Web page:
WEDNESDAY, Sept. 6, 2017 (HealthDay News) — Use of an advanced practice radiation therapist (APRT) may help reduce radiotherapy waiting times for palliative patients, according to a study published Aug. 29 in the Journal of Medical Radiation Sciences.
Acute Diverticulitis Recurrence More Likely With Barium Enema
WEDNESDAY, Sept. 6, 2017 (HealthDay News) — For patients with acute diverticulitis, recurrence is more likely among those undergoing barium enema, according to a study published online Aug. 30 in the Journal of Digestive Diseases.
Docs Should Be Aware of Family Beliefs Regarding Nondisclosure
WEDNESDAY, Sept. 6, 2017 (HealthDay News) — Physicians should be aware of societal codes of conduct that affect family beliefs and behaviors regarding information disclosure to pediatric patients, according to a study published online Sept. 5 in JAMA Pediatrics.
New Appropriate Use Criteria Issued for Valvular Heart Disease
TUESDAY, Sept. 5, 2017 (HealthDay News) — Appropriate use criteria have been developed for valvular heart disease imaging tests, according to a report published online Sept. 1 in the Journal of the American College of Cardiology.
General Anesthesia in Infants May Affect White Matter Volume
TUESDAY, Sept. 5, 2017 (HealthDay News) — Infants who receive general anesthesia for surgery before they’re 1 year old may have less white matter in their brains, according to research published online Aug. 24 in Anesthesiology.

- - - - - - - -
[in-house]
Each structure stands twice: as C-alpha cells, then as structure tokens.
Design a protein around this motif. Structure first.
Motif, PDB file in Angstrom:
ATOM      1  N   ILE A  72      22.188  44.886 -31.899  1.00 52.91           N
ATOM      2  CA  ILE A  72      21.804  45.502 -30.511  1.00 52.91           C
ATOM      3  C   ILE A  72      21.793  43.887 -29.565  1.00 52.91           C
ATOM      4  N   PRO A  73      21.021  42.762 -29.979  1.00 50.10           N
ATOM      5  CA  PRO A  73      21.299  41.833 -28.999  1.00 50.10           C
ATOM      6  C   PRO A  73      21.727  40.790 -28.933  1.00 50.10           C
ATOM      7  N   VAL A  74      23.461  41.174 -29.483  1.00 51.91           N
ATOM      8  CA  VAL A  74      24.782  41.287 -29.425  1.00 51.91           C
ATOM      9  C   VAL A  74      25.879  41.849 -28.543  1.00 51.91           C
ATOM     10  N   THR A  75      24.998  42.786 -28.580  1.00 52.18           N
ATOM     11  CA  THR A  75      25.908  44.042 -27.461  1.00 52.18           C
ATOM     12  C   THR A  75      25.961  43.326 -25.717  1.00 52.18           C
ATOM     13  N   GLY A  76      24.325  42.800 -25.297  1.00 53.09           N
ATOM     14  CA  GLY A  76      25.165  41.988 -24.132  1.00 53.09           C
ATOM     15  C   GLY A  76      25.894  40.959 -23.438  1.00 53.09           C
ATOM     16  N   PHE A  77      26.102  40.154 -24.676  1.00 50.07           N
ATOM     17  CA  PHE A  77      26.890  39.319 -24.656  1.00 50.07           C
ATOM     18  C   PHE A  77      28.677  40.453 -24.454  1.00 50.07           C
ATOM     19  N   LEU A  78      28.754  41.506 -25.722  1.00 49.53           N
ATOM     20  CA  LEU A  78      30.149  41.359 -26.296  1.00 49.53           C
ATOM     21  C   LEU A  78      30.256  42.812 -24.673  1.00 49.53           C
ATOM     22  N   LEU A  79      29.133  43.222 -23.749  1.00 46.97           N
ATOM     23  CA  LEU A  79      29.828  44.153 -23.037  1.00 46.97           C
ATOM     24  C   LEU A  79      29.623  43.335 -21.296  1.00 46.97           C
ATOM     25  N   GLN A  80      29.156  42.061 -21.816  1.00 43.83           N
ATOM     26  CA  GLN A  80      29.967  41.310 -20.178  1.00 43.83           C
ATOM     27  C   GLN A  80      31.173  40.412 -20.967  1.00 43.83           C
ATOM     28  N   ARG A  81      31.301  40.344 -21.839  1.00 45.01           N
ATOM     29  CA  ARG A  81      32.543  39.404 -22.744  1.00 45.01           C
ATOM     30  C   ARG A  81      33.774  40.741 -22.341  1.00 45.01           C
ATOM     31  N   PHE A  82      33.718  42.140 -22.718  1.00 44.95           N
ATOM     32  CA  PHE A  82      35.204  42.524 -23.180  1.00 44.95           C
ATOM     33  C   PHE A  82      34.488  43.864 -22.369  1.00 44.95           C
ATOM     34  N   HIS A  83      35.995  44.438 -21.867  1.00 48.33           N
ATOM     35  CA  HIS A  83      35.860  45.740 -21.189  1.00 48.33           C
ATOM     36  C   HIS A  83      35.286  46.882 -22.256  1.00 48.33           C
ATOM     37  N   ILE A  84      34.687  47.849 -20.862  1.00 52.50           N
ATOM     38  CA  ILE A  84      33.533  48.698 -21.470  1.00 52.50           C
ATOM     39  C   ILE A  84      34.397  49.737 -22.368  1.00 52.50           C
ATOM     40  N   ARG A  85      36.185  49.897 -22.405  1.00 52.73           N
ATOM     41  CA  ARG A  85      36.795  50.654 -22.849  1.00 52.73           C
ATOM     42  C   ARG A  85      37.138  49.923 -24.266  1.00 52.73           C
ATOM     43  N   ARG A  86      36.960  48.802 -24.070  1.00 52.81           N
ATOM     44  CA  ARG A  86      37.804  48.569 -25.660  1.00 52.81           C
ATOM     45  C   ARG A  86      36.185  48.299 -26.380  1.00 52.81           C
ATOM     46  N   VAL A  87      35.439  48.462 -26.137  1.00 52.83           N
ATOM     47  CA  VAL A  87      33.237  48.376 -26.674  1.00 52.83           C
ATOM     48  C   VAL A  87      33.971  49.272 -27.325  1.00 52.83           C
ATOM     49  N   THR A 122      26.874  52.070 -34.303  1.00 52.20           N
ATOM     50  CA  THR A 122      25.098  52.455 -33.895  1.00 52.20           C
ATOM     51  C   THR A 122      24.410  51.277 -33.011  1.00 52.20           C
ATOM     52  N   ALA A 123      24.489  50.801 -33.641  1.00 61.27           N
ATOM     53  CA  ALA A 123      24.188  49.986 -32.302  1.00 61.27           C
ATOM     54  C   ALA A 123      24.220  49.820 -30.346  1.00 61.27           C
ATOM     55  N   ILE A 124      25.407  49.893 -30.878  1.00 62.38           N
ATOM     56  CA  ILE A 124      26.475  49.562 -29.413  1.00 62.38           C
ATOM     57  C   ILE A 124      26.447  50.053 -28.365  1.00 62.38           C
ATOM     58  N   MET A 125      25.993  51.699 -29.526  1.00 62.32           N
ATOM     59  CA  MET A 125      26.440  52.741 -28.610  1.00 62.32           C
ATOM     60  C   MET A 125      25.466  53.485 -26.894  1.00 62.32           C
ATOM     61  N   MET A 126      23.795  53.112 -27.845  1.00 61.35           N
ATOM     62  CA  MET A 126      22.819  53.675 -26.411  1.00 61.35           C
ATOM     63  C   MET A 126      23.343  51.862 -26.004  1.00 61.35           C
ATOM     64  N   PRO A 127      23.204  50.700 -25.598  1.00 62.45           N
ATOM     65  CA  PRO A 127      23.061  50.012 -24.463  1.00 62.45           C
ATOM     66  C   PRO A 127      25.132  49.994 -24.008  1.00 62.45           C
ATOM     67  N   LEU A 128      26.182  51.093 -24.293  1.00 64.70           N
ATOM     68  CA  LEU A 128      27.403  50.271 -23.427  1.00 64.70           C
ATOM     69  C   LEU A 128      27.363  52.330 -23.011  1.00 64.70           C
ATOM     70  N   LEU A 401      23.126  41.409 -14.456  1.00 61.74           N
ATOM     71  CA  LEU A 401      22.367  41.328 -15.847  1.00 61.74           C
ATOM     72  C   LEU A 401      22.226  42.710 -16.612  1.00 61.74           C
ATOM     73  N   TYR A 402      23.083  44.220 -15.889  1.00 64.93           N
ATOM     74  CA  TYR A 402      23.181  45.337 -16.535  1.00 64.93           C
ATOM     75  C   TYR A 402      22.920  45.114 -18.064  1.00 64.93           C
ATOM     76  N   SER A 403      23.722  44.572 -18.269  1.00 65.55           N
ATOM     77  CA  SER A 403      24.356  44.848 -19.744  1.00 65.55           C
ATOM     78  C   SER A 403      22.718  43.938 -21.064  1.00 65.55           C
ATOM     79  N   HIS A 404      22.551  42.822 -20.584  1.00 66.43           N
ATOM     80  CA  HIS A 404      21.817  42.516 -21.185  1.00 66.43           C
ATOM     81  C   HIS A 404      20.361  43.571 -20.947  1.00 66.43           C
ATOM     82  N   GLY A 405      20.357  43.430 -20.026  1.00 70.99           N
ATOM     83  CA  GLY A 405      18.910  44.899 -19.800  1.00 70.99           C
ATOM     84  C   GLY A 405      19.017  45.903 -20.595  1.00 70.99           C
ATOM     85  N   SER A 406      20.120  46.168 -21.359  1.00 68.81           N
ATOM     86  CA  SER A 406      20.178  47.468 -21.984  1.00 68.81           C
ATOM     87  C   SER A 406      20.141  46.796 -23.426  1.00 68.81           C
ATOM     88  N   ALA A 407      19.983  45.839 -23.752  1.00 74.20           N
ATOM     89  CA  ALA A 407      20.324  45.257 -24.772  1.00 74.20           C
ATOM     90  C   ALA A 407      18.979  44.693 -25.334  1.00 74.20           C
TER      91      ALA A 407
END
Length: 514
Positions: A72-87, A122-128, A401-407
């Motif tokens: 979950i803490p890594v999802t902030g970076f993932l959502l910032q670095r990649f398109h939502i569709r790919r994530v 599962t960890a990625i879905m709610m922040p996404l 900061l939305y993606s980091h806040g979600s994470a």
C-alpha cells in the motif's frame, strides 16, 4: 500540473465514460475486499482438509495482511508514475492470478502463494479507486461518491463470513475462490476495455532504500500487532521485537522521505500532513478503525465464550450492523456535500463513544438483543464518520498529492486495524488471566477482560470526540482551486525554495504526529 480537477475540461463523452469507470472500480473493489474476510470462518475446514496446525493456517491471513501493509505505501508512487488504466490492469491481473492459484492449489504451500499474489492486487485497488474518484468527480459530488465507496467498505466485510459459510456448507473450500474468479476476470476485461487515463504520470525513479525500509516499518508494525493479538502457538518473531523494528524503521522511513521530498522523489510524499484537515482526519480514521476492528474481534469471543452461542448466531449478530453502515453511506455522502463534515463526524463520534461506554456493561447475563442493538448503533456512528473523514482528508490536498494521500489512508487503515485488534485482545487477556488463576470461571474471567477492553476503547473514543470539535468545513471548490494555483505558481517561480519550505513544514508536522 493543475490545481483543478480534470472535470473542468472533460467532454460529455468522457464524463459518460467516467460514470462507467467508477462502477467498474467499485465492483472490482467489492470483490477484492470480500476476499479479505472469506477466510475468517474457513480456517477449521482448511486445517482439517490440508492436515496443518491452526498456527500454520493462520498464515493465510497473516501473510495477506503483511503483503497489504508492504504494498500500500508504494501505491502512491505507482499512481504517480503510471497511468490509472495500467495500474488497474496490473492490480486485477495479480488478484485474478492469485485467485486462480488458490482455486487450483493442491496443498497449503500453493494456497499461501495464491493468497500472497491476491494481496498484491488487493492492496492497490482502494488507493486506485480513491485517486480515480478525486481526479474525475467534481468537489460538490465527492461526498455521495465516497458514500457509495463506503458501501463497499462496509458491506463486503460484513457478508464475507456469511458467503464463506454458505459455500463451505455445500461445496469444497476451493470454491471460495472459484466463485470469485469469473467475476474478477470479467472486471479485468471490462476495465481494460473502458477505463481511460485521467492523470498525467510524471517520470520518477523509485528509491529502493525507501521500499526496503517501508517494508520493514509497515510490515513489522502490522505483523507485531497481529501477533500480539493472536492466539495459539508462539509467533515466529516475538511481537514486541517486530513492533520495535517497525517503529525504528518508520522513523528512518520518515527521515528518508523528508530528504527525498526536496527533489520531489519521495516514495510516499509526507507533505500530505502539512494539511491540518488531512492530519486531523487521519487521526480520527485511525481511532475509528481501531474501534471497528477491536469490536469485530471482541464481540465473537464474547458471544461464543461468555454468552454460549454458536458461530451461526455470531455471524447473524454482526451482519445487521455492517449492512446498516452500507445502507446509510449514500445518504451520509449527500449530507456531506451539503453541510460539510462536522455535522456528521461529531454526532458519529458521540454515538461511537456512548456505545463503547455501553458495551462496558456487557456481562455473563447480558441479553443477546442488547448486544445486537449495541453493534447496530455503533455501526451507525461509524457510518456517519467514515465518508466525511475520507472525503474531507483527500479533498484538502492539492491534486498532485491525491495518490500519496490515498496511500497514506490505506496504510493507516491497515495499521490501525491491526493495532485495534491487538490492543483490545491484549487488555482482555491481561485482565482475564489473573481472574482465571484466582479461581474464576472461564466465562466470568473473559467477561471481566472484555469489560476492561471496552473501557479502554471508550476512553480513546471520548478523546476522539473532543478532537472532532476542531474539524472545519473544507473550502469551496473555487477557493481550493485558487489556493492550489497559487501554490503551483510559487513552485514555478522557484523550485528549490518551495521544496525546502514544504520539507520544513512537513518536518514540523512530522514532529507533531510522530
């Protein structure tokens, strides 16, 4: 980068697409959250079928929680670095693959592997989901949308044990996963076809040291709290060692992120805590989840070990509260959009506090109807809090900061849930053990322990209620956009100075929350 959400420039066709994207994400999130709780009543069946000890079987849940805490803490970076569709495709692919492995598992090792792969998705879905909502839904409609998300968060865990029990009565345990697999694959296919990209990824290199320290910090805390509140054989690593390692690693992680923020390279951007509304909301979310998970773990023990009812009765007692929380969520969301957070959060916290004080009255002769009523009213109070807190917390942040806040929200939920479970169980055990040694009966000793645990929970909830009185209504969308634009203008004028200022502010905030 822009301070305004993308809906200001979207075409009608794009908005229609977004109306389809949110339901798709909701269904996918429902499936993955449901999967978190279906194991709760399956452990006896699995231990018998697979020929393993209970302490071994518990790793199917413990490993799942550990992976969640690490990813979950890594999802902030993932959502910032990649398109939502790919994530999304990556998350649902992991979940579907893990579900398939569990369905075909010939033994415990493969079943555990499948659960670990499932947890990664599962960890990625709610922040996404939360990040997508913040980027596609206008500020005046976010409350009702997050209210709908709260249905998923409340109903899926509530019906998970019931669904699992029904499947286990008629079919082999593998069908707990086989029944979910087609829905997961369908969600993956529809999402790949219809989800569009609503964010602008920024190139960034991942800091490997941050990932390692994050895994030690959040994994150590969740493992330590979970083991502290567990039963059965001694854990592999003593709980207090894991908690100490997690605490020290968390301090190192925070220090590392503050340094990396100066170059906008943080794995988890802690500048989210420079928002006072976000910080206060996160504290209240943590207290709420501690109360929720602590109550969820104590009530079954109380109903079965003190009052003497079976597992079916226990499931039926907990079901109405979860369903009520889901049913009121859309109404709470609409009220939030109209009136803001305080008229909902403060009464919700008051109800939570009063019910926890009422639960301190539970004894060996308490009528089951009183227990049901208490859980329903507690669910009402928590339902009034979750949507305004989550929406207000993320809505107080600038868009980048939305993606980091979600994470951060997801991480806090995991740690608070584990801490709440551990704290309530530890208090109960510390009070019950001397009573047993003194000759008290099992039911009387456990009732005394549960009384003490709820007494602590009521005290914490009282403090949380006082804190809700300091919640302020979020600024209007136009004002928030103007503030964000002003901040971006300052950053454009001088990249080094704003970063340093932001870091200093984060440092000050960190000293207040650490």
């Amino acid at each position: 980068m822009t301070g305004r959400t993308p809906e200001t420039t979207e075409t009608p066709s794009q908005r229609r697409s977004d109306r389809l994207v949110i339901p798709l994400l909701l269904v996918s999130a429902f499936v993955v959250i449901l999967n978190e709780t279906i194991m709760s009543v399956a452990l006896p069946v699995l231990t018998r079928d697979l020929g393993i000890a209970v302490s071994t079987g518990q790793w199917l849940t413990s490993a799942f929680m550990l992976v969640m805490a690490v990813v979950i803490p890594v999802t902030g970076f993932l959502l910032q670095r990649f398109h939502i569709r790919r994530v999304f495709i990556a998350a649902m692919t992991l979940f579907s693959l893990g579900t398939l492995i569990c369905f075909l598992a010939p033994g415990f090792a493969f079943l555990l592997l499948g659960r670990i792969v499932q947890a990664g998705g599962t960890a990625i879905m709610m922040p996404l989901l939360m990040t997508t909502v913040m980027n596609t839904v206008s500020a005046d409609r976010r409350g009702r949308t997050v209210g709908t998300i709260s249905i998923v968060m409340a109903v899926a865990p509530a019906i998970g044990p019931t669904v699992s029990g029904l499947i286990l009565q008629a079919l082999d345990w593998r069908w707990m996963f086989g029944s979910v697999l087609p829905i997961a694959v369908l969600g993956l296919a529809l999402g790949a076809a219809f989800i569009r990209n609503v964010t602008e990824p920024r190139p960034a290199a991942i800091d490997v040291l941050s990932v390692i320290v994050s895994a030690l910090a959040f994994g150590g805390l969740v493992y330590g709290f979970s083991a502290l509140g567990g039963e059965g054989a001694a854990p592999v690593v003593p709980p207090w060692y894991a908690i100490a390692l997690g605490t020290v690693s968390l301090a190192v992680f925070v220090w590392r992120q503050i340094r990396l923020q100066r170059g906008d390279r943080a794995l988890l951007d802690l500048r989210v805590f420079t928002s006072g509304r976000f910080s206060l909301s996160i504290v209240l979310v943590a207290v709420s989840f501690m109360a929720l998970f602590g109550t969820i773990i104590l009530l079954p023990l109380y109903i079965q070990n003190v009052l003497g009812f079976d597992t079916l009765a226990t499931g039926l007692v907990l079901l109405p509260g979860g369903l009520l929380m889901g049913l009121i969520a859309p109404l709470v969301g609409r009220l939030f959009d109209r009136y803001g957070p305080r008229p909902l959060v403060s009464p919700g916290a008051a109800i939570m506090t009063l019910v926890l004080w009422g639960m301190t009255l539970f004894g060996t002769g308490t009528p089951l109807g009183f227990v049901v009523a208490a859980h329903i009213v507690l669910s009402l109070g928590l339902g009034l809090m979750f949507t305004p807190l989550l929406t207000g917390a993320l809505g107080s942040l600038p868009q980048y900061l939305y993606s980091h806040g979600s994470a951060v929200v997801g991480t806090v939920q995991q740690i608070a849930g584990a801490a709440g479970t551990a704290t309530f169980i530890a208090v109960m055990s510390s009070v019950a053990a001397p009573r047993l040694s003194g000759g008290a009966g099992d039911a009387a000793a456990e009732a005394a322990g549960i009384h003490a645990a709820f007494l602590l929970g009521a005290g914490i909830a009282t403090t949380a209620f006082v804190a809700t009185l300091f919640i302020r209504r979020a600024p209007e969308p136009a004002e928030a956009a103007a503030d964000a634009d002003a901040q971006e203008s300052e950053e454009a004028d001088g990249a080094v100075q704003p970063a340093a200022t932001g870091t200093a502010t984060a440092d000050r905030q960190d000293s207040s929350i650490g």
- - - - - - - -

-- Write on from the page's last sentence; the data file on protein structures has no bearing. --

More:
Coronary Artery Calcium May Be Best Indicator of CVD Risk
FRIDAY, Sept. 1, 2017 (HealthDay News) — The cardiovascular event rate is low for patients with no coronary artery calcium (CAC), which improves overall prediction among patients thought to be at risk of atherosclerotic cardiovascular disease (ASCVD), according to a letter to the editor published in the Aug. 1 issue of JACC: Cardiovascular Imaging.
Low Tumor Growth Rates During Active Surveillance of Thyroid CA
FRIDAY, Sept. 1, 2017 (HealthDay News) — Among patients with low-risk papillary thyroid cancer (PTC), the rates of tumor growth during active surveillance are low, according to a study published online Aug. 31 in JAMA Otolaryngology-Head & Neck Surgery.
Crosstalk Identified Between Adipose Tissue, Carcinomas
FRIDAY, Sept. 1, 2017 (HealthDay News) — There is organ-dependent crosstalk between adipose tissue and carcinomas in various organs, according to a review published in the September issue of Cancer Prevention Research.
Low Incidence of Adverse Events for A-Fib Catheter Ablation
FRIDAY, Sept. 1, 2017 (HealthDay News) — The incidence of adverse events (AEs) is low for patients undergoing catheter ablation (CA) for atrial fibrillation (AF), according to a study published online Aug. 30 in JACC: Clinical Electrophysiology.